You’ve heard the phrase many times: “A traditional British Christmas”, or “A traditional German Christmas”, or French, Spanish, Mexican…
Every country where the holiday is celebrated feels some ownership of its traditions, from making snowmen to drinking mulled wine.
However, the Christmas that we know and love is a result of centuries of migration; much like the rest of our culture.
Remitly has been delving into the history books to find out the origins of famous Christmas festivities.
It is an important reminder, in these difficult times, with anti-immigration sentiment on the rise, that some of our most precious gifts were given to us by strangers.
It wasn’t until the year 336 AD that the birth of Christ was first celebrated on December 25th. It is believed that Roman bishops chose the date as it coincided with a number of Pagan and otherwise non-Christian festivals that were prone to excessive drinking. Eventually the more conservative, spiritual celebration supplanted its rowdy rivals.
Around the same time, a number of hymns emerged, specifically celebrating the new festival. While there is disagreement around which was the very first, Jesus refulsit omnium (Jesus illuminates all), became particularly popular. Penned by St Hilary of Poitiers in France, this 16-hundred-year-old classic is still performed today.
While not the centrepiece of every Christmas dinner table around the world, Turkey is popular in many European countries, North America, and in parts of South America
It’s journey to becoming a Christmas favorite is a combination of exploration and royal fashions.
Turkey, the bird, hails from the Americas and was domesticated by the ancient Aztecs. It was brought to England by 16th century explorer and politician William Strickland. Its arrival coincided with the reign of King Henry VIII who came to develop a taste for the meat.
Turkey quickly supplanted Peacock as the festive dish of choice on the King’s Christmas dining table.
Then, as now, Royal fashions trickled down to the general population, and it wasn’t long before all England was feasting on this foreign foul.
All credit to the Romans for inventiveness when it came to wine. Faced with the problem of transportation across a vast empire and storage through variable seasons, without air-tight containers, they came up with some imaginative solutions.
After a few years of storage, the Romans’ wine tended to become thick and had to be diluted with warm water and strained through a bag.
Often, the resulting solution would be boiled, to reduce its wateriness.
During this process, bad wine was sometimes added to the better stuff to make it drinkable, with added spices and honey for flavour. This drink was known as mulsum, which sounds and tastes remarkably similar to today’s mulled wine.
Lights on trees
This is one of those historical curios where a figure, well known for one thing, has an unrelated claim to fame.
Martin Luther is remembered for sparking the Protestant reformation by nailing his Ninety-five Thesis to the door of All Saints’ Church in Wittenberg, Germany in 1517.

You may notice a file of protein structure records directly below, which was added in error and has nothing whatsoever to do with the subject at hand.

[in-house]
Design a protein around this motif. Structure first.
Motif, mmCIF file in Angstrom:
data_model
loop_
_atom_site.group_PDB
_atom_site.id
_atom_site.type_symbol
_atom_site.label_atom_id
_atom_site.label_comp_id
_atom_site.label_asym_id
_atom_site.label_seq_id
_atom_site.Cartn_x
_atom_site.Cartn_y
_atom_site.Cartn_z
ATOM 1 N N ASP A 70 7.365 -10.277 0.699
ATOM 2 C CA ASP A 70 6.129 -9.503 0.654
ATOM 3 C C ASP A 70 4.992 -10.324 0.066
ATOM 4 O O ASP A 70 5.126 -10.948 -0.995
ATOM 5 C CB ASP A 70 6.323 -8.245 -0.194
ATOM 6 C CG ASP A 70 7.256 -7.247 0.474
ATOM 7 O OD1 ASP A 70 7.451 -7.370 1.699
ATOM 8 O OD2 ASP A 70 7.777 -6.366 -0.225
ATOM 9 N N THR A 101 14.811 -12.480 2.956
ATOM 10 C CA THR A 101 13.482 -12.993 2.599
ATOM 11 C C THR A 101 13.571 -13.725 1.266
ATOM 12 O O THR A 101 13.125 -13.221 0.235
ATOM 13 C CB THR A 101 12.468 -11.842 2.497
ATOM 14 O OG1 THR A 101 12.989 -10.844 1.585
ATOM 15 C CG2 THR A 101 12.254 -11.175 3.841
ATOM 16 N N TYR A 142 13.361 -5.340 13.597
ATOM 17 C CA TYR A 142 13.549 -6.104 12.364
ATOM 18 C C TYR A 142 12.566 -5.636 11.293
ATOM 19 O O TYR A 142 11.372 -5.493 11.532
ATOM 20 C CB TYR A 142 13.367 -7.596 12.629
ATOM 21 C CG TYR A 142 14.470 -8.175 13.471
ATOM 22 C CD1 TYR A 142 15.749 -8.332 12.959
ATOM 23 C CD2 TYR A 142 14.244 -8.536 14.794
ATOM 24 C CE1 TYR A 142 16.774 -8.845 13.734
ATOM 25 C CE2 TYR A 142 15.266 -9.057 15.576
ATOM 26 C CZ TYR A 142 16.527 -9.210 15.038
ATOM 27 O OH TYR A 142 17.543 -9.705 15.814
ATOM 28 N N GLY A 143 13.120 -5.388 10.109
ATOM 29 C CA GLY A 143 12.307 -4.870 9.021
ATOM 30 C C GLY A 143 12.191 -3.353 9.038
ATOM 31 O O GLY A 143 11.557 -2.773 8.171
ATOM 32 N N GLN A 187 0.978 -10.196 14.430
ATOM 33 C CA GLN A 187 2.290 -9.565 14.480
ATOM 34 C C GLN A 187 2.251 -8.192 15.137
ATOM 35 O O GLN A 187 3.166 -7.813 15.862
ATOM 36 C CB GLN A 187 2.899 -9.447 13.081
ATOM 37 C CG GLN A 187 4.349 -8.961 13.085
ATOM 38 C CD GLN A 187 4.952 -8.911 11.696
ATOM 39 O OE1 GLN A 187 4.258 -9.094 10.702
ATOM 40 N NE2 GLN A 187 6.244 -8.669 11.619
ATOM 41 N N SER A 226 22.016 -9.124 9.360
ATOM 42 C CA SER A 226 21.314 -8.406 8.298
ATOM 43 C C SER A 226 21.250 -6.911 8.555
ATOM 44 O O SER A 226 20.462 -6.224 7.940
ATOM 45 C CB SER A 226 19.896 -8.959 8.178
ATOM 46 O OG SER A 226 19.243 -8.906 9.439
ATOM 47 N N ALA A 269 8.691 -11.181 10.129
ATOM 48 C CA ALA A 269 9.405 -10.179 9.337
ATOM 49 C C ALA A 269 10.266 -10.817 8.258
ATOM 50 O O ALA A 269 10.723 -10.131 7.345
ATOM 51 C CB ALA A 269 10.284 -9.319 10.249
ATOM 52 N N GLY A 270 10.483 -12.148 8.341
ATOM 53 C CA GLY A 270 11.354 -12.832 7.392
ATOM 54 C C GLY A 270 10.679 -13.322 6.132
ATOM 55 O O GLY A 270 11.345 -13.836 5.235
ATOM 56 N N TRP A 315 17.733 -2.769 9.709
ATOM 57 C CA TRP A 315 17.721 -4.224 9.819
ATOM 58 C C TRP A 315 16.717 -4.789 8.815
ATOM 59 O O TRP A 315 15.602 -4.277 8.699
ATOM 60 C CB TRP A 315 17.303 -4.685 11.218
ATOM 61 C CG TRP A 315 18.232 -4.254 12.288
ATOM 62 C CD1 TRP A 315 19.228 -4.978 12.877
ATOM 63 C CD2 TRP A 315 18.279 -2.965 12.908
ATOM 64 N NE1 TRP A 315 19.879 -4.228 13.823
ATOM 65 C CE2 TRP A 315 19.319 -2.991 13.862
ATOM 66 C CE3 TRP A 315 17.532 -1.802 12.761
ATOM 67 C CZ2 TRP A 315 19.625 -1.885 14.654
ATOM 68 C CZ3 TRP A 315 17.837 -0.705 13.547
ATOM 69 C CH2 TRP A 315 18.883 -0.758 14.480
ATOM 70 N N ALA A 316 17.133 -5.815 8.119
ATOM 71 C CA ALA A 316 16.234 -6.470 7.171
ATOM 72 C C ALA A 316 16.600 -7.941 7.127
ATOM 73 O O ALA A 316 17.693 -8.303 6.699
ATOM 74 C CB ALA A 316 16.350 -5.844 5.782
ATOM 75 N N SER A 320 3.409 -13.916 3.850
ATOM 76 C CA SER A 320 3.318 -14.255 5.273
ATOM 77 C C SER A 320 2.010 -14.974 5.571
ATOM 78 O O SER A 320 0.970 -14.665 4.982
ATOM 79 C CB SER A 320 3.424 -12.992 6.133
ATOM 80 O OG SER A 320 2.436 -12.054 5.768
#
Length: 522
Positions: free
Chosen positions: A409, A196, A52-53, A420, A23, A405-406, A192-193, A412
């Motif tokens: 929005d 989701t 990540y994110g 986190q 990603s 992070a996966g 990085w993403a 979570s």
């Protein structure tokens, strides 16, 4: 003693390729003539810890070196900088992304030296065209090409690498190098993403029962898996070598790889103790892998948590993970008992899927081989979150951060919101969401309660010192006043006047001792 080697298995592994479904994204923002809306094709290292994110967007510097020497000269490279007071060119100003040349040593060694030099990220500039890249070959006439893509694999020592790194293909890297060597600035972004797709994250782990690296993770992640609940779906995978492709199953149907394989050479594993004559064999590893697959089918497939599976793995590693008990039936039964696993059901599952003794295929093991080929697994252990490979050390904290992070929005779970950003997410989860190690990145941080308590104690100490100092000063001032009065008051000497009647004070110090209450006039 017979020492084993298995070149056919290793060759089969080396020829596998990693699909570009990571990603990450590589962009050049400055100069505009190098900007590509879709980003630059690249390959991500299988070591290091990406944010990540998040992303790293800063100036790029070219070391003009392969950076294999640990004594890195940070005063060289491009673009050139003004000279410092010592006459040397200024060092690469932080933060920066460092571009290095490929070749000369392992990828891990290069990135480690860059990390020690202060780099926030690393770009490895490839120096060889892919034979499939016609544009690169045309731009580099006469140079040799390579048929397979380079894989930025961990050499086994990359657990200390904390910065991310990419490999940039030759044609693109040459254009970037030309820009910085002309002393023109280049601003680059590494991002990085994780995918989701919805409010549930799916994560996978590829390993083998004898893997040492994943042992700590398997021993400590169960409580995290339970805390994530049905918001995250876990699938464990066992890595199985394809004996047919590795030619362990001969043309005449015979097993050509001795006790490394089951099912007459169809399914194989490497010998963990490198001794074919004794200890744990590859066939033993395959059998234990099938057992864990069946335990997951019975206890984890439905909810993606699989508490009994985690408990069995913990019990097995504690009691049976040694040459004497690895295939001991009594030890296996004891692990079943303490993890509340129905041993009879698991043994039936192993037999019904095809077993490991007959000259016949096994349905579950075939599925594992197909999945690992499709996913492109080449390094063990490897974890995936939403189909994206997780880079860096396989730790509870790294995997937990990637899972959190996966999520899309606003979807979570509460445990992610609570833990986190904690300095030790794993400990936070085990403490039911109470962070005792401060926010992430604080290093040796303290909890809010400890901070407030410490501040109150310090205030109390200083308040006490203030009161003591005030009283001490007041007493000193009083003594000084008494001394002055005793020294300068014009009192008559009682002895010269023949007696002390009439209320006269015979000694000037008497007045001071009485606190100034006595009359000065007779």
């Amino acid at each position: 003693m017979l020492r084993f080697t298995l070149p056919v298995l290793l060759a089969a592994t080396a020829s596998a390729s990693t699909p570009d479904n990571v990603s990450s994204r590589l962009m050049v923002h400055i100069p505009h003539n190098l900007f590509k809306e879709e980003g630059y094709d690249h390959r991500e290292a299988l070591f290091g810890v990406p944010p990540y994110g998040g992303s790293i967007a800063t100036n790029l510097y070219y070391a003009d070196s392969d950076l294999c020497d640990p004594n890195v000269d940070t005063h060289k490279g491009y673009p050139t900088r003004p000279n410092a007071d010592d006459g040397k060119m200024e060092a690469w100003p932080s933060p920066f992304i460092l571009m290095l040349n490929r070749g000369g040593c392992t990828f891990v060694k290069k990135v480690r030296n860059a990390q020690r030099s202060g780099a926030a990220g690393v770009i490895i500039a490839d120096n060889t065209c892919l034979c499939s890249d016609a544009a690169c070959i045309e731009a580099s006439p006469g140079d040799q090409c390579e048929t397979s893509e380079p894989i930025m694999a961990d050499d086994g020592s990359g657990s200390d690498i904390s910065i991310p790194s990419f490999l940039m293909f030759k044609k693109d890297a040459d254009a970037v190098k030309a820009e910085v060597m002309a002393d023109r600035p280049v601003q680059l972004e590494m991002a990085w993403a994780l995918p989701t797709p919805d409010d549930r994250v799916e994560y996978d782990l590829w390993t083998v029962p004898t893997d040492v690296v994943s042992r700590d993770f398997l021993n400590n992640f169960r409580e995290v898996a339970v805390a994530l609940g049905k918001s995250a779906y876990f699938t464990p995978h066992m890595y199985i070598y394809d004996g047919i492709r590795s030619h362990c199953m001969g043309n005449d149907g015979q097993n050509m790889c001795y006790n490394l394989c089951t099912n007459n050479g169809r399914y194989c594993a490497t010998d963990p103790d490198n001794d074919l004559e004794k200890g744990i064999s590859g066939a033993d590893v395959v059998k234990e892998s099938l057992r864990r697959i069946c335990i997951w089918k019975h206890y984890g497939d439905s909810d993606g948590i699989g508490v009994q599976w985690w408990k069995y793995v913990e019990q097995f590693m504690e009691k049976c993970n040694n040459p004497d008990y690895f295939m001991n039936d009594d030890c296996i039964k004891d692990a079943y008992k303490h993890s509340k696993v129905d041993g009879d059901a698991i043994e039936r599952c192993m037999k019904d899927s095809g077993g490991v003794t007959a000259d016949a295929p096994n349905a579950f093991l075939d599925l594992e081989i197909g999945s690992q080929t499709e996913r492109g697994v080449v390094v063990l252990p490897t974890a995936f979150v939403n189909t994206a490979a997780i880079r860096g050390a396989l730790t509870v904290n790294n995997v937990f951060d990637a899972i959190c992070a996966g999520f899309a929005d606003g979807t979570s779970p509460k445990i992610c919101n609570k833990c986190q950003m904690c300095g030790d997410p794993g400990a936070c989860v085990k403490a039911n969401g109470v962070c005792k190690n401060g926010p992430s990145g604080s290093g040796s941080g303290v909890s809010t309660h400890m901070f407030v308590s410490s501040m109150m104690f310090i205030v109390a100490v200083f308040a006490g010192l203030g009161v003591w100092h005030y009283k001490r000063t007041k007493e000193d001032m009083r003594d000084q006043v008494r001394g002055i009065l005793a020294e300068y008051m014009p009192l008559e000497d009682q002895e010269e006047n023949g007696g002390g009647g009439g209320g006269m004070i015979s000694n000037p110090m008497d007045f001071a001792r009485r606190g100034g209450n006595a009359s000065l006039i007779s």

The theologian’s other legacy – for which there is less solid evidence – was bringing fir trees indoors to mark Christmas. Luther is said to have added candles to the branches of his tree to give the impression of twinkling stars.
The role of Saint Nicolas in the creation of Santa Claus or Father Christmas is well known. St. Nick is—literally—his nickname.
The real Saint Nicolas lived between the 3rd and 4th centuries, and was bishop of the Mediterranean town of Myra, in modern day Turkey.
Many claims of miracles are attributed for Nicolas, but it was his gift-giving to poor children for which he would be best remembered. In later centuries this legend would become reborn as part of the Sinterklaas or Santa Claus character.
Far from a universal treat, mincemeat pies are really only popular in the UK. However, they originate from much farther afield.
When 13th century crusaders returned from their religious wars in the Middle East, they brought with them exotic new foodstuffs. Some of these involved the combination of fruits, spices and meats.
Being a nation of pie-lovers, it was only a matter of time before the English wrapped a pastry case round the exotic mixture, which at that time included mutton. Appetite for the meaty part of mincemeat pies fell off in the 19th century, leaving the sweet desert enjoyed today.
This is one historical Christmas tradition that can be precisely dated. Christmas Crackers were invented by London confectioner Tom Smith in 1847. After selling sweets, wrapped in paper, Mr Smith decided to spice up the offering by adding love messages.
He then took things further by adding a small exploding mechanism, activated when two people pulled either end of the cracker. The product became known as “Bangs of Expectation”.
The sweet was eventually replaced with small gifts and today’s cracker-pullers can expect to go home with anything from a nail clipper to a mini pack of cards.
As well as its interesting origins, this is another tradition regarded as essential in some parts of the world, such as the UK, Australia, South Africa and Canada. Go elsewhere and you’ll get blank looks whether you ask for crackers, or Bangs of Expectation.
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